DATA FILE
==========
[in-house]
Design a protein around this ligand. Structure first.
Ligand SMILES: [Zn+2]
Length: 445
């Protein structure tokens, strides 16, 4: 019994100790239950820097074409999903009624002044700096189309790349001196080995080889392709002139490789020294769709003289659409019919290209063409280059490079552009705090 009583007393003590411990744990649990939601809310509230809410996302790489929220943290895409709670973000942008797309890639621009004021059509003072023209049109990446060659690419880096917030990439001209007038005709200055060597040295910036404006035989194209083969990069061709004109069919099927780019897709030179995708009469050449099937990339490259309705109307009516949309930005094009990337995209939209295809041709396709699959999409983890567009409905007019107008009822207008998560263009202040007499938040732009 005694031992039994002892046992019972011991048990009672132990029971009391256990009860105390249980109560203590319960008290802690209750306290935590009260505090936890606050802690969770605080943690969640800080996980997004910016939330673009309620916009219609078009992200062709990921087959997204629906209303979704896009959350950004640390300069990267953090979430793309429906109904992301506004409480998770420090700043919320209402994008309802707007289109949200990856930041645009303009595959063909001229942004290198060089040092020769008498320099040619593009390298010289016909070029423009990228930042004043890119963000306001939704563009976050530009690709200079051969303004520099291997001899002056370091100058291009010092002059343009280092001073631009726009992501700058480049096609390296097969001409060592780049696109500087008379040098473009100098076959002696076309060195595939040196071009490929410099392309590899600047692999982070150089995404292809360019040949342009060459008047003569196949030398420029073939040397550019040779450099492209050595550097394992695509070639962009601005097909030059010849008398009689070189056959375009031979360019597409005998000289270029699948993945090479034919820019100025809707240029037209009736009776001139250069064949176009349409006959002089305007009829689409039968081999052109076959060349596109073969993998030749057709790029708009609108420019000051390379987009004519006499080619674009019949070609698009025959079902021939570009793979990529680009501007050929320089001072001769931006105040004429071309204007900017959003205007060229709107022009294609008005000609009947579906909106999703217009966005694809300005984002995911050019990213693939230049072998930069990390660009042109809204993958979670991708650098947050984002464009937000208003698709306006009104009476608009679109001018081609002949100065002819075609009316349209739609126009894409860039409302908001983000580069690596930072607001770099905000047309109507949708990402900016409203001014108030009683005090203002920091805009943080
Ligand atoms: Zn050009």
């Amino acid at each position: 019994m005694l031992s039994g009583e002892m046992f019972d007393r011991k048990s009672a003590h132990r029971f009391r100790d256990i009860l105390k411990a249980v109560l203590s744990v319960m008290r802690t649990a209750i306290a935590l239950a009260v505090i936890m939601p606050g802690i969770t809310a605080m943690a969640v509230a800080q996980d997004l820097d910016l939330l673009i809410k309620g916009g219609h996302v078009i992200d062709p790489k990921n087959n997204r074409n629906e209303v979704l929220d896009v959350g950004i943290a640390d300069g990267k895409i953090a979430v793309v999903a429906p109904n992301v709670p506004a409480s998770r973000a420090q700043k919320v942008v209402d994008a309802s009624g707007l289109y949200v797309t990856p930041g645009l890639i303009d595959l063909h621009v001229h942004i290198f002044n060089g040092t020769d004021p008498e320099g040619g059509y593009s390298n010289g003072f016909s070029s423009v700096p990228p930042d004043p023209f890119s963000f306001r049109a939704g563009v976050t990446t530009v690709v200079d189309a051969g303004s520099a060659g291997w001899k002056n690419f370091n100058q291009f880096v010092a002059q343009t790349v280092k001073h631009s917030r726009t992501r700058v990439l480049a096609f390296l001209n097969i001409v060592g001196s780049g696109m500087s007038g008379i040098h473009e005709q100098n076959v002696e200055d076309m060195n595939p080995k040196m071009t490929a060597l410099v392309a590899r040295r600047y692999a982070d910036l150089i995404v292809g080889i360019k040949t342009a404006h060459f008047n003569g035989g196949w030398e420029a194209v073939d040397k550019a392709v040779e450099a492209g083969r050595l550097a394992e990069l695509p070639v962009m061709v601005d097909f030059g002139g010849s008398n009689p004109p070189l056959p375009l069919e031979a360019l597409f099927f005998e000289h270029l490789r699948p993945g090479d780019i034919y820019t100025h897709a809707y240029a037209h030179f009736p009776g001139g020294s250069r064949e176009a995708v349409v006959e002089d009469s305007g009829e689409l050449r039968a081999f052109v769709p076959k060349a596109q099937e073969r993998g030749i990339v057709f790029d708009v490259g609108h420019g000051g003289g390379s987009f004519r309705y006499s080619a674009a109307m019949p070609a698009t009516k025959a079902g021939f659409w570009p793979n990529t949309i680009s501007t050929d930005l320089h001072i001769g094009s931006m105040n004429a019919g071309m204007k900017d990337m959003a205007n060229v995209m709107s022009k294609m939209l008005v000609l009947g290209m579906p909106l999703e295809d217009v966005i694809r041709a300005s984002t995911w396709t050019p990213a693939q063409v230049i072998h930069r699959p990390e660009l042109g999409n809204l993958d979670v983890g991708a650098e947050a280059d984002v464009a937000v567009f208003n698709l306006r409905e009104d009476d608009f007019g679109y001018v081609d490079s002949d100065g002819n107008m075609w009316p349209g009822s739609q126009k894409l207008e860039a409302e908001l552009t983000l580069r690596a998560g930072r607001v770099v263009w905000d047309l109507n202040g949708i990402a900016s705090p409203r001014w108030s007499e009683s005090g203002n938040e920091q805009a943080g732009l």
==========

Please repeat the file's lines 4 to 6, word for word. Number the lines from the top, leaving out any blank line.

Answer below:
Length: 445
């Protein structure tokens, strides 16, 4: 019994100790239950820097074409999903009624002044700096189309790349001196080995080889392709002139490789020294769709003289659409019919290209063409280059490079552009705090 009583007393003590411990744990649990939601809310509230809410996302790489929220943290895409709670973000942008797309890639621009004021059509003072023209049109990446060659690419880096917030990439001209007038005709200055060597040295910036404006035989194209083969990069061709004109069919099927780019897709030179995708009469050449099937990339490259309705109307009516949309930005094009990337995209939209295809041709396709699959999409983890567009409905007019107008009822207008998560263009202040007499938040732009 005694031992039994002892046992019972011991048990009672132990029971009391256990009860105390249980109560203590319960008290802690209750306290935590009260505090936890606050802690969770605080943690969640800080996980997004910016939330673009309620916009219609078009992200062709990921087959997204629906209303979704896009959350950004640390300069990267953090979430793309429906109904992301506004409480998770420090700043919320209402994008309802707007289109949200990856930041645009303009595959063909001229942004290198060089040092020769008498320099040619593009390298010289016909070029423009990228930042004043890119963000306001939704563009976050530009690709200079051969303004520099291997001899002056370091100058291009010092002059343009280092001073631009726009992501700058480049096609390296097969001409060592780049696109500087008379040098473009100098076959002696076309060195595939040196071009490929410099392309590899600047692999982070150089995404292809360019040949342009060459008047003569196949030398420029073939040397550019040779450099492209050595550097394992695509070639962009601005097909030059010849008398009689070189056959375009031979360019597409005998000289270029699948993945090479034919820019100025809707240029037209009736009776001139250069064949176009349409006959002089305007009829689409039968081999052109076959060349596109073969993998030749057709790029708009609108420019000051390379987009004519006499080619674009019949070609698009025959079902021939570009793979990529680009501007050929320089001072001769931006105040004429071309204007900017959003205007060229709107022009294609008005000609009947579906909106999703217009966005694809300005984002995911050019990213693939230049072998930069990390660009042109809204993958979670991708650098947050984002464009937000208003698709306006009104009476608009679109001018081609002949100065002819075609009316349209739609126009894409860039409302908001983000580069690596930072607001770099905000047309109507949708990402900016409203001014108030009683005090203002920091805009943080
Ligand atoms: Zn050009």